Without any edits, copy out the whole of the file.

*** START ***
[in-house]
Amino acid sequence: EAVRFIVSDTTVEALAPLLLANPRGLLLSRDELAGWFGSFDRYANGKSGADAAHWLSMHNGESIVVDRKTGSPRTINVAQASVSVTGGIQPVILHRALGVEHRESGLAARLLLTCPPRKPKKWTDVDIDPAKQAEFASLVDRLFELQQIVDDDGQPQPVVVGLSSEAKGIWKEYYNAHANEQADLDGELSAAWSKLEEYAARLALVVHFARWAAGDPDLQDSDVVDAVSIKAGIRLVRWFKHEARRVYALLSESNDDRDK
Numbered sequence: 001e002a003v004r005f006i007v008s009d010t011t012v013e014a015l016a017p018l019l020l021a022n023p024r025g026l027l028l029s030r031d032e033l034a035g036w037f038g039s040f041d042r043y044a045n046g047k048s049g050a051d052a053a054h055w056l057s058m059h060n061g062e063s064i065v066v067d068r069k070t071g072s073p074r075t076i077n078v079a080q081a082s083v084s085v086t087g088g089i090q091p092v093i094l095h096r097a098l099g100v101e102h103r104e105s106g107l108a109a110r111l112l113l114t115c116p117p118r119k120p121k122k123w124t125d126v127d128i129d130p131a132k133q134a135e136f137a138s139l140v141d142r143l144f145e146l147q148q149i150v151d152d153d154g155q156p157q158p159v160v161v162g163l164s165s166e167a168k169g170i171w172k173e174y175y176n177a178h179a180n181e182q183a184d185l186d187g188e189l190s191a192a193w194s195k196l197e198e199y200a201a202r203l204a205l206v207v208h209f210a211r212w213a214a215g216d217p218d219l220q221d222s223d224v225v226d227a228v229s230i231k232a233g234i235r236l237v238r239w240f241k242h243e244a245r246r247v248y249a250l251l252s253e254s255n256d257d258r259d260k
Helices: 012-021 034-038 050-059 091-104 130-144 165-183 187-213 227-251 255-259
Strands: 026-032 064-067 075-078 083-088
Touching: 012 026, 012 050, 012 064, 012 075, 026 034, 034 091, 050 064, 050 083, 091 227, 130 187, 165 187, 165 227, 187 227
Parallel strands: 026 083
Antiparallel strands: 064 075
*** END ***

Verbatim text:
[in-house]
Amino acid sequence: EAVRFIVSDTTVEALAPLLLANPRGLLLSRDELAGWFGSFDRYANGKSGADAAHWLSMHNGESIVVDRKTGSPRTINVAQASVSVTGGIQPVILHRALGVEHRESGLAARLLLTCPPRKPKKWTDVDIDPAKQAEFASLVDRLFELQQIVDDDGQPQPVVVGLSSEAKGIWKEYYNAHANEQADLDGELSAAWSKLEEYAARLALVVHFARWAAGDPDLQDSDVVDAVSIKAGIRLVRWFKHEARRVYALLSESNDDRDK
Numbered sequence: 001e002a003v004r005f006i007v008s009d010t011t012v013e014a015l016a017p018l019l020l021a022n023p024r025g026l027l028l029s030r031d032e033l034a035g036w037f038g039s040f041d042r043y044a045n046g047k048s049g050a051d052a053a054h055w056l057s058m059h060n061g062e063s064i065v066v067d068r069k070t071g072s073p074r075t076i077n078v079a080q081a082s083v084s085v086t087g088g089i090q091p092v093i094l095h096r097a098l099g100v101e102h103r104e105s106g107l108a109a110r111l112l113l114t115c116p117p118r119k120p121k122k123w124t125d126v127d128i129d130p131a132k133q134a135e136f137a138s139l140v141d142r143l144f145e146l147q148q149i150v151d152d153d154g155q156p157q158p159v160v161v162g163l164s165s166e167a168k169g170i171w172k173e174y175y176n177a178h179a180n181e182q183a184d185l186d187g188e189l190s191a192a193w194s195k196l197e198e199y200a201a202r203l204a205l206v207v208h209f210a211r212w213a214a215g216d217p218d219l220q221d222s223d224v225v226d227a228v229s230i231k232a233g234i235r236l237v238r239w240f241k242h243e244a245r246r247v248y249a250l251l252s253e254s255n256d257d258r259d260k
Helices: 012-021 034-038 050-059 091-104 130-144 165-183 187-213 227-251 255-259
Strands: 026-032 064-067 075-078 083-088
Touching: 012 026, 012 050, 012 064, 012 075, 026 034, 034 091, 050 064, 050 083, 091 227, 130 187, 165 187, 165 227, 187 227
Parallel strands: 026 083
Antiparallel strands: 064 075